Five Reasons to Take Your Son Hunting

Five Reasons to Take Your Son Hunting

If you are a hunter, you probably escape to the woods to get away from all of the demands of your life. Even if you take a few days off of work to relax, you still may have to deal with a leaky roof, a stopped up toilet or even just a huge pile of laundry. Work stresses, marriage issues and parenting struggles can make people crave the peace and solitude that nature provides.

In the rush to get out of the house and into the deer stand, sometimes hunters can forget that there might be some little people in the house who are growing up into the next generation of hunters. Of course, it is easy to understand why you might overlook that your little guy might be interested in going hunting with you. After all, he was a baby and toddler for so long, that you may not have realized that he’s grown up enough to really enjoy a trip to the woods.

To the hunter who is serious about taking a deer or turkey out of the woods, dragging a loud and wiggly little boy along might not sound like too much fun. But even if your child has the attention span of a flea and can’t sit still for five minutes, hunting with him is still a good idea.

Why You Should Take Your Son Hunting

1. To protect the sport for future generations

Think back to the first few times you hunted. Most likely your current passion for the sport is because someone cared enough to get you started. Of course there are hunters who simply read books and magazines and got started on their own, but by and large, most hunters had a father, uncle, friend or brother mentor them into the world of hunting.

Studies have shown that for every 100 adults hunting in the United States, only 69 youth hunters are growing up in the sport, ready to hunt in their places as the previous generation ages or passes away. This means that to protect the sport of hunting, adults who hunt must mentor at least one young person over the course of their hunting career.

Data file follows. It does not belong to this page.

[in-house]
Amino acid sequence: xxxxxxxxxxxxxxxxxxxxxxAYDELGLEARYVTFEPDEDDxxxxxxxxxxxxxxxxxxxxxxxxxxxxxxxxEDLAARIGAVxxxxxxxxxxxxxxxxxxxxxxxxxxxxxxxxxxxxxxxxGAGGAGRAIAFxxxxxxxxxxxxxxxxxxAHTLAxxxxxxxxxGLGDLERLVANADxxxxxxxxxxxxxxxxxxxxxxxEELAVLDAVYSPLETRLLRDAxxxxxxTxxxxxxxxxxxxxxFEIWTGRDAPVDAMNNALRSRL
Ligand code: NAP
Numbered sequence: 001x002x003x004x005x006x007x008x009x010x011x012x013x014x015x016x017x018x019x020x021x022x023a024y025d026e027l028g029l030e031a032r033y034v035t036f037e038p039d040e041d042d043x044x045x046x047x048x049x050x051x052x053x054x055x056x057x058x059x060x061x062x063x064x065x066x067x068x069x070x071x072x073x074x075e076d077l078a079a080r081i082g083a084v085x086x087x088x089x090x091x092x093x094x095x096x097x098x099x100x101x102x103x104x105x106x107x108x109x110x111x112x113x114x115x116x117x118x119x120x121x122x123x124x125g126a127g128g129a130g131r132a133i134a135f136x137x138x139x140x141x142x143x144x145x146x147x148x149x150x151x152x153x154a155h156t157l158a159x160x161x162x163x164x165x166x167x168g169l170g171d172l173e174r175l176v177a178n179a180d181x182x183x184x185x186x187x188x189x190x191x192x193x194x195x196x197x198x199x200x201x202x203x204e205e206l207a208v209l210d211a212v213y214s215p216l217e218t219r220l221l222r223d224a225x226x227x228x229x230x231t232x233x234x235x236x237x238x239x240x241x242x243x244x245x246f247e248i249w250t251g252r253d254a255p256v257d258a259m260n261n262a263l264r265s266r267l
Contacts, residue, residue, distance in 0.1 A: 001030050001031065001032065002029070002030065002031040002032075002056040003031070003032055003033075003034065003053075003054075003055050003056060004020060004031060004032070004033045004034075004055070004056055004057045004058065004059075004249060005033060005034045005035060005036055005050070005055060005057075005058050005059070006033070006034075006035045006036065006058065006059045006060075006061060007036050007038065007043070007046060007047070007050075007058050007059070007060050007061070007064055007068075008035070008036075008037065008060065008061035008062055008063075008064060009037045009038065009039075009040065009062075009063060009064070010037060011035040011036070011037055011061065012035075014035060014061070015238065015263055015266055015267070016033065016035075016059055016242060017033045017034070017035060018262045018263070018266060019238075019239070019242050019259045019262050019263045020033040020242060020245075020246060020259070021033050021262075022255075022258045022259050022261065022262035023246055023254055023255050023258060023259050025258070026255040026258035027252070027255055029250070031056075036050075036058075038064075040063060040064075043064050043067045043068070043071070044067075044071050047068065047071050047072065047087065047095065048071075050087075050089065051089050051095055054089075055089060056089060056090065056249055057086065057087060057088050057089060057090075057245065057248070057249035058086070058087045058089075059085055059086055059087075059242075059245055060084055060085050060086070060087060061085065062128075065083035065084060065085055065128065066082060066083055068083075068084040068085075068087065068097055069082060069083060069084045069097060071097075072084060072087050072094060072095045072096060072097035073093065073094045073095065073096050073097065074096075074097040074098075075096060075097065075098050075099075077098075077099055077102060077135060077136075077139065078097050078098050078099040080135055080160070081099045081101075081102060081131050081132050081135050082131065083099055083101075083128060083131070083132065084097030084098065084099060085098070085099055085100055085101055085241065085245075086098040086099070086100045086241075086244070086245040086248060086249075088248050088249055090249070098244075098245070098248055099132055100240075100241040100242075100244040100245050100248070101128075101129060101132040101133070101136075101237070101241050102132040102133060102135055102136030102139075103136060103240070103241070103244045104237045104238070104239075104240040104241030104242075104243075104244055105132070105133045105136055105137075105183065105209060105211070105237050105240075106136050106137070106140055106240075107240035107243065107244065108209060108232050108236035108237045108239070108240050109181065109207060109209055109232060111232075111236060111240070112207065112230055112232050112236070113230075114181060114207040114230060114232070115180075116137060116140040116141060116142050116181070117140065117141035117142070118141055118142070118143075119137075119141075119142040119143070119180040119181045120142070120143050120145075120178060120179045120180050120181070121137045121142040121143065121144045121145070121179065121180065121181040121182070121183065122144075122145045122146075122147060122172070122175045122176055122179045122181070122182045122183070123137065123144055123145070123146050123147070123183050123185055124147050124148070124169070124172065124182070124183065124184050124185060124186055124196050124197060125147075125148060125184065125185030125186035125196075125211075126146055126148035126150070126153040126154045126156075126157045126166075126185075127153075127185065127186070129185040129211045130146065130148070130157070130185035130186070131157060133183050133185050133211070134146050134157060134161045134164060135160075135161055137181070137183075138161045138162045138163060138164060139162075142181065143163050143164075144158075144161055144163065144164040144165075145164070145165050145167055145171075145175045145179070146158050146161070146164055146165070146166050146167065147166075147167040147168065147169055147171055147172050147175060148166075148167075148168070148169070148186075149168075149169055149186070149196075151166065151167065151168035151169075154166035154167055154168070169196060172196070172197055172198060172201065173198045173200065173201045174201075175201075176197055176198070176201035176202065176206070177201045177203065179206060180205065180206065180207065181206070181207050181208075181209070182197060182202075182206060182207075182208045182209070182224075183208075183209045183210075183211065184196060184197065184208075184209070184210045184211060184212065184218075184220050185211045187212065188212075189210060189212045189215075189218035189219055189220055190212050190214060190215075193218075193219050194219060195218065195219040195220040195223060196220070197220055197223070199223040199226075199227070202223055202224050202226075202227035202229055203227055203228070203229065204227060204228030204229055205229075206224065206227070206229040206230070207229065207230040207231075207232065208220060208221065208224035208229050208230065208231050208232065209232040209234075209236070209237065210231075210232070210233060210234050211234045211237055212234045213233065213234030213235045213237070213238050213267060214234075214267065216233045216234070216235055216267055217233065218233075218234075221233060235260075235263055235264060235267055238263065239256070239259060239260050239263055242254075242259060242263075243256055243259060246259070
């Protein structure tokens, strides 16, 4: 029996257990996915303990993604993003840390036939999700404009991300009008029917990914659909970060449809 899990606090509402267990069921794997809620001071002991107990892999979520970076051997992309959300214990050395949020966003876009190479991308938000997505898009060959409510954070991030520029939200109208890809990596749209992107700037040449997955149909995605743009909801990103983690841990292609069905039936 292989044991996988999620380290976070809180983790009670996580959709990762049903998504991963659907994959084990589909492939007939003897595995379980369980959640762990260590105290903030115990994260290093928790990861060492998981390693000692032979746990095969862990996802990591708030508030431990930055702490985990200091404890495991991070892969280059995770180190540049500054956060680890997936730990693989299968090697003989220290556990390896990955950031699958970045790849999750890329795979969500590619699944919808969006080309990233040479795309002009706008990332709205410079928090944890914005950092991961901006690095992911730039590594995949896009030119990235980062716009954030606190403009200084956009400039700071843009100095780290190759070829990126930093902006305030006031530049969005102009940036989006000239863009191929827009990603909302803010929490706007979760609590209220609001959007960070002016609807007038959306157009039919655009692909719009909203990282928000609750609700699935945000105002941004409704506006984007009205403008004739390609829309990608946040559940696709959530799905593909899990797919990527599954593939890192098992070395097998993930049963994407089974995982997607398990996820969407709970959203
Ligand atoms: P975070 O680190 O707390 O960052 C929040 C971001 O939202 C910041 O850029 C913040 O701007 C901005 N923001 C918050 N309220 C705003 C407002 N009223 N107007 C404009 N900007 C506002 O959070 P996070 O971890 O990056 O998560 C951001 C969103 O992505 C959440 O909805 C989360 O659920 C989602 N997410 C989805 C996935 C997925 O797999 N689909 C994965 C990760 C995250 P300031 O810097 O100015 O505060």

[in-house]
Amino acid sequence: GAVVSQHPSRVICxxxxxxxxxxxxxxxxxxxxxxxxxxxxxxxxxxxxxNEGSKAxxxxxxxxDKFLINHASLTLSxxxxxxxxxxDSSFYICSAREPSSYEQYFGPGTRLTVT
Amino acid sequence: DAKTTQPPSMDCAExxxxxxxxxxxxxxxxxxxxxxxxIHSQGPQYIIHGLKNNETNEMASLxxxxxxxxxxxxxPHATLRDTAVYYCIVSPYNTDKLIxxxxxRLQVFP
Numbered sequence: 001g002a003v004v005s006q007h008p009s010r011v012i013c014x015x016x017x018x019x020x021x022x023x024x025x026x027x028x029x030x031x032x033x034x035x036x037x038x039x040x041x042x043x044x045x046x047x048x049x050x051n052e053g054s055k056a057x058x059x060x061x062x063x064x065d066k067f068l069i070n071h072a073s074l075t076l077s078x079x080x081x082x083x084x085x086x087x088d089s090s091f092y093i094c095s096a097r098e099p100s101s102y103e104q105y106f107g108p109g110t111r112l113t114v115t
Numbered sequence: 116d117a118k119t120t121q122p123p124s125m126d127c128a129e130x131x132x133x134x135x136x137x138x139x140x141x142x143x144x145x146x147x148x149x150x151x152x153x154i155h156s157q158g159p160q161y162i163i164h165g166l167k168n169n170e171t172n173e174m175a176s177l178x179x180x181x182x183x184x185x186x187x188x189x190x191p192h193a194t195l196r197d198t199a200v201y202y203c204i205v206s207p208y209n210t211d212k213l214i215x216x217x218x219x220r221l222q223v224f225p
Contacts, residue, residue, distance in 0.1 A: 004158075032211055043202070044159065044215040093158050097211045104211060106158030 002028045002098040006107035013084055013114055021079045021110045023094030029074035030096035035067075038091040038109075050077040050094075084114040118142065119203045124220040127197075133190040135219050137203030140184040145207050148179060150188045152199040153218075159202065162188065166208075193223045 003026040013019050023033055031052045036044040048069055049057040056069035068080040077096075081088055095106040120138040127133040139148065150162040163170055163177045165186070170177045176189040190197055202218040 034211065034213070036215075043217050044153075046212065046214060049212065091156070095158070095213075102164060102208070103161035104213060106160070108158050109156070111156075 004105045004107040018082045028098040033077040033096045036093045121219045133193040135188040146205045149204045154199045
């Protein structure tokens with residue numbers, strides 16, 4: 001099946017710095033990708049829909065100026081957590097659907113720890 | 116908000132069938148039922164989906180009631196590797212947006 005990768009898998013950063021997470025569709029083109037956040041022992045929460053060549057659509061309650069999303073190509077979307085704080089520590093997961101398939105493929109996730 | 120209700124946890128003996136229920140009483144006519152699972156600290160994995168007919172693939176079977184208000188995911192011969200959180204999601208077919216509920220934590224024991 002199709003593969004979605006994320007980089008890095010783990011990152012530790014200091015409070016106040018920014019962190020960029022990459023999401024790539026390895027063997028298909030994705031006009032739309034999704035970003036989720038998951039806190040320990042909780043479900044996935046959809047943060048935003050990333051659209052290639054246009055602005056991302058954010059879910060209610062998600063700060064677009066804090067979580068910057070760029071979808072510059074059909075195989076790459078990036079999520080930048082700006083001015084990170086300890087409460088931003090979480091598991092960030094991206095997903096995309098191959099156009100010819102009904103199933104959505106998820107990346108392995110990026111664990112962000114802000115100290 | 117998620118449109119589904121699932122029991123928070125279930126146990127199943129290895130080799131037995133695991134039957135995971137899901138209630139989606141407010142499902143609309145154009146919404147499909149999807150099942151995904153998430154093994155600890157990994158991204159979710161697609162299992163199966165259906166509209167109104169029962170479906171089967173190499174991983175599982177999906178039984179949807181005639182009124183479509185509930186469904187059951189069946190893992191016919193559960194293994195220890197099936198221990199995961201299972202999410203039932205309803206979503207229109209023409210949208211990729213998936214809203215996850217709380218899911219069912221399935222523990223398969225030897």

Imagine a world where hunting wild animals is not permitted. If the numbers of hunters continue to decline, eventually the anti-hunters will get the upper hand in crafting legislation that prohibits hunting. Hunters and conservationists understand that hunting is essential for keeping wildlife in check. Many non-hunters do not realize that the ticks that infest their yards, the raccoons that carry rabies to pets and the deer that regularly collide with vehicles would not be as pervasive if more hunters actively pursued the sport.

2. To Demonstrate a Love for the Outdoors and Respect for Nature

Let’s face it, most people don’t live in areas where they are regularly exposed to nature. For many different reasons, boys just aren’t permitted to roam the outdoors like they did in past generations. Most of them spend a good portion of their lives in the house staring at some sort of screen.

By taking your son hunting, you will broaden his exposure to the natural world. He will learn that the real world is trees, grass, dirt and rivers, rather than sidewalks, streetlights and manicured lawns. Most boys love the wide-open spaces that they seldom get to see and enjoy.